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Anke and I live aboard WAYWARD, and wrote about it's design and construction at

Access to the net comes and goes, so I'll be writing in fits and spurts.Please feel free to browse the archives, leave comments where you will and write... I'll respond as I can.

Fair winds!

Dave and Anke
triloboats swirly gmail daughter com

Saturday, March 28, 2015

Glass House of Waffles: Looking Along a Path Not Taken


This is a modified repost from, where I chronicle our building of a T32x8 LUNA variant. This post goes over why we chose that type over the FANCY STANDARD version. By a whisker. Here's a look into some of our decision process.

Glass House of Waffles: Looking Along a Path Not Taken

When the tarps came up from Andy Stoner's MARY ELISABETH (T32x12), Anke and I nearly swooned from the view!

360deg View
ME is what I call a STANDARD TriloBoat design, meaning half her length being standing head-room cabin, with end curves limited to the end quarters of hull length. One long sheet wide. Sides a cross sheet and a half tall plus crown (6ft at the sheer, up to about 7ft down the centerline).

Very efficient of time and materials. Good living space to length ratio. Sedan-like aesthetics. And the windows... did I mention the windows? 


That upper, half sheet can be plexiglass. In a 32ft hull, the cabin is 16ft. Windows along each side are 2ft x 16ft huge! That doesn't count the smaller, end and bunk windows!

270deg View
Inspired, we designed SLACKTIDE around (almost) 2ft x 8ft windows with a 'kayak' view... sitting on the floor with generous headroom. 

And it has been wonderful!


So we were sorely tempted by a variant of T32x8 STANDARD.

The huge windows and 360deg view are attractive, as is full, standing headroom throughout the cabin. The galley and sitting room are luxuriously large (in our layout), with enough to carve out a bit - if we so desired, for other purposes. 

Quick and inexpensive construction get us going quicker, with more left in the kitty, compared to virtually any other design.

Problem to address: 

Standard 4ft side height is very efficient in terms of materials. A sheet of ply topped by a half sheet of plexiglass.

Bit it means the lower edges of windows are above eye level when seated in furnishings built on the inside of the hull (no bilge) to normal dimensions. Without some juggling, one can't enjoy most of the view from a seated position.

Andy chose to raise his dinette 10in, gaining a great, all-round view while seated at the table. 

His settee, opposite, stayed low in the hole. This worked as Andy was looking to sleep eight people on-board. The back of the low settee folded up and locked to make an upper bunk over the one at seat height.

Being greedy, Anke and I want a view from all seats.

We could raise the whole sole 10in, but that would sacrifice full standing headroom in the sitting room, and force a step up/down from the galley and to the forepeak bunk.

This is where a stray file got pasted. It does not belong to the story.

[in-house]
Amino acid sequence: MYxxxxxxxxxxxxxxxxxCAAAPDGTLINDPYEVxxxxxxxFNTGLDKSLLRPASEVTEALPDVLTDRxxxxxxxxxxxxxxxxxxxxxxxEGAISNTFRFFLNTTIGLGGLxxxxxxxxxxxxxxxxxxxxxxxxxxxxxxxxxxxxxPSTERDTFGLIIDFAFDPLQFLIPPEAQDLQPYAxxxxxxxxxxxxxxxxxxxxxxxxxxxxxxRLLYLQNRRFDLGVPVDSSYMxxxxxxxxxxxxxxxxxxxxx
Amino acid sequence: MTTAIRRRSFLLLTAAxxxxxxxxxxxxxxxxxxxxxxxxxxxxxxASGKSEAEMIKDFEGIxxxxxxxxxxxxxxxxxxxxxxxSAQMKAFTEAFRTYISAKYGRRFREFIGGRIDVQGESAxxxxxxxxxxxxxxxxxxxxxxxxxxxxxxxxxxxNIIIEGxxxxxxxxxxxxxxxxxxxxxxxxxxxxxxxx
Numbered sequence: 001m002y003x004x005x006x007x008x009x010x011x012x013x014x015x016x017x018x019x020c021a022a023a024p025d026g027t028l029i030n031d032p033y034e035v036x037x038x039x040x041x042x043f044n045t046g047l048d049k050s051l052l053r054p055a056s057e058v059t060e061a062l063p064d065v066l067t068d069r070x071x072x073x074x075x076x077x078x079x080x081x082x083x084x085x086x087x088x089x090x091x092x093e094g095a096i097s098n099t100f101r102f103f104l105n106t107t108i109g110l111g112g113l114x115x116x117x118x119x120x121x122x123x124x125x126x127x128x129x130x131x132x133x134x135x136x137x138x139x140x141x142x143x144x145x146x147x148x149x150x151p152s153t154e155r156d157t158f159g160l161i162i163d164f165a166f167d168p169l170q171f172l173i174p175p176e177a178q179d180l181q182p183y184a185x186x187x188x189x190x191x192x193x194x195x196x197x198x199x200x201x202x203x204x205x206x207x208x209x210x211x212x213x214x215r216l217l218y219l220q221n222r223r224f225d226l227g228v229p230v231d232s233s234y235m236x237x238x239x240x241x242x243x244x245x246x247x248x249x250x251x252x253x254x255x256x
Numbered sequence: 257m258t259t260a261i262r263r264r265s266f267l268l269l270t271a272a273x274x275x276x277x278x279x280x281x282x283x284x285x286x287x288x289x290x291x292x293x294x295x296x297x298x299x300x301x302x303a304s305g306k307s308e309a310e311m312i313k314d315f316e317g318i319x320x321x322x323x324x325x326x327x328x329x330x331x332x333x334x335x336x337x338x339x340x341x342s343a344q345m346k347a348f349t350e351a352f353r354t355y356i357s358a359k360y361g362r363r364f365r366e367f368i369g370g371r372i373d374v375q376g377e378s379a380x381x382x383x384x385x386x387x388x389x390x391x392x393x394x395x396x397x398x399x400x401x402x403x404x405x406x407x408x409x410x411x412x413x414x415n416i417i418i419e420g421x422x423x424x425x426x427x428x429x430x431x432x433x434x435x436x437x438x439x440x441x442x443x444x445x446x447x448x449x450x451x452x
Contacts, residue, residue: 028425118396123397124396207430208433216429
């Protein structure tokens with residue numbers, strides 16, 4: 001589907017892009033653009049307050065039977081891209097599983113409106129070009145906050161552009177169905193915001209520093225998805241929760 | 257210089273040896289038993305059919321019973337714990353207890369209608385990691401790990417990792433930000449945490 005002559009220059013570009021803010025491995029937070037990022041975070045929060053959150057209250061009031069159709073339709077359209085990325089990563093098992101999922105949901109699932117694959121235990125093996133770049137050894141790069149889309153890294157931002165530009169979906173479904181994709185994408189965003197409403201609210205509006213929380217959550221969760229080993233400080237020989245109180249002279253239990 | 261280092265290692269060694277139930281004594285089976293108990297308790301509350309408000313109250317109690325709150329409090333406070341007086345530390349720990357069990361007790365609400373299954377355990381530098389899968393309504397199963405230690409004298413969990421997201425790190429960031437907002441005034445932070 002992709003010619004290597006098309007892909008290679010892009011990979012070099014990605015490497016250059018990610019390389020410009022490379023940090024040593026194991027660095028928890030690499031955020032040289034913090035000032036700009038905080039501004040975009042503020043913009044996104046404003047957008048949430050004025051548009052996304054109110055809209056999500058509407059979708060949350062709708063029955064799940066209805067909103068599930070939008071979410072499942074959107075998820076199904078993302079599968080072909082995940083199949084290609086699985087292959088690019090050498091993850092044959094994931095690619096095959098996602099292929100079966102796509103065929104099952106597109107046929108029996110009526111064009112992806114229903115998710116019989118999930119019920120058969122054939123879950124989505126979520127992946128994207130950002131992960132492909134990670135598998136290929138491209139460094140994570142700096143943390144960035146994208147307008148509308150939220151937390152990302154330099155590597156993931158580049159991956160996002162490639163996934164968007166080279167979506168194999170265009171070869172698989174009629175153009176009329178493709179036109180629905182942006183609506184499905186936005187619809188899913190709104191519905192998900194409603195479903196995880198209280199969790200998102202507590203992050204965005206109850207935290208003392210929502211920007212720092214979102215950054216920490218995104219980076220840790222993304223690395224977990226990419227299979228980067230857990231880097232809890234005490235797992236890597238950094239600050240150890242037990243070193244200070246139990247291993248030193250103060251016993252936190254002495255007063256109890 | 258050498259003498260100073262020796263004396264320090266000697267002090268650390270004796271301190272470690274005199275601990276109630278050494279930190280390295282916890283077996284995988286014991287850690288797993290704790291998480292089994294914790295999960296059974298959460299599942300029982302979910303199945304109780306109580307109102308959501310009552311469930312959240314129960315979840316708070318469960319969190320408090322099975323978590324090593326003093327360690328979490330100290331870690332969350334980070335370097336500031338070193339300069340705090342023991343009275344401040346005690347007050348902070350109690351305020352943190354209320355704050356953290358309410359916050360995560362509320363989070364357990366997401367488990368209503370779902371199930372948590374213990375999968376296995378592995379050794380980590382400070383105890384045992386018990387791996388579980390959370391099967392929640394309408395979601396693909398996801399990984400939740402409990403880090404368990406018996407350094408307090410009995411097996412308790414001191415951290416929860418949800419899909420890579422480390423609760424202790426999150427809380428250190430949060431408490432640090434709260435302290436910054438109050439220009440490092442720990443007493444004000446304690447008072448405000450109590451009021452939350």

But we like the bunk area to be part of the sitting room social space. Being under the foredeck, it's low already, and a 10in drop increases the isolation.

Raise dinette and settee? That leaves a full-headroom gangway between settee and dinette, with views from both. Hmm. Feet are left to dangle from the settee. A fold-up footrest could work, but on 8ft, would cramp the gangway. Boo.

Well... if we lower the bottom edge of the windows 6in it solves the eye-level problem. And it grows the windows (now 2ft6in)! 

Only draw-back (a considerable one) is that we can no longer use efficient half sheets of plexiglass. Some of the 1ft6in offcuts are usable, but it's gonna cost us. But hey, it's only money.

But OH! To sit at the table with the mornin' cup o' mud, looking round with 360deg view through those giant windows!! I'll call this variant (with lowered windows) a FANCY STANDARD.

Another consequence; the leeboardy, off-center-boards we favor are already squeezed by a standard standard (assuming blocking the view is not an option). Lowering them reduces leverage above their fulcrum, requiring tricky engineering, both of board and hull. And, when stowed, low boards can't clear the water, so clunk in any slop. 

In SLACKTIDE, we addressed the problem with traveling boards, which roll all the way aft for stowage, clear of water and windows. But they have to pull clear of the slot and they're heavy suckers! I haven't figured out a way to get sufficient but simple, traveling mechanical advantage to help (a boom works but is only so-so simple). 

As is, they're beyond Anke's strength to lift clear and stow, and it won't be long before they're beyond mine. The only options are accept boom hassle, build them lighter, and put up with blocked windows or noise at anchor.

Skegs would be our choice, but they double our draft. Only to two feet, but that's the difference between boots and hip-waders. And that extra foot would exclude us from many's the skinny and interesting perch along the high tide marks. Every now and then, it would mean the difference between skinning into shelter and not. Boo.

On the other hand, we don't have to handle them, 'specially as we age. They raise the bottom, when grounding, a foot proud of nasty rocks. Copper bottom plating can be much lighter, saving thousands of dollars. 

Hmm... there's a coupla yays to balance that boo.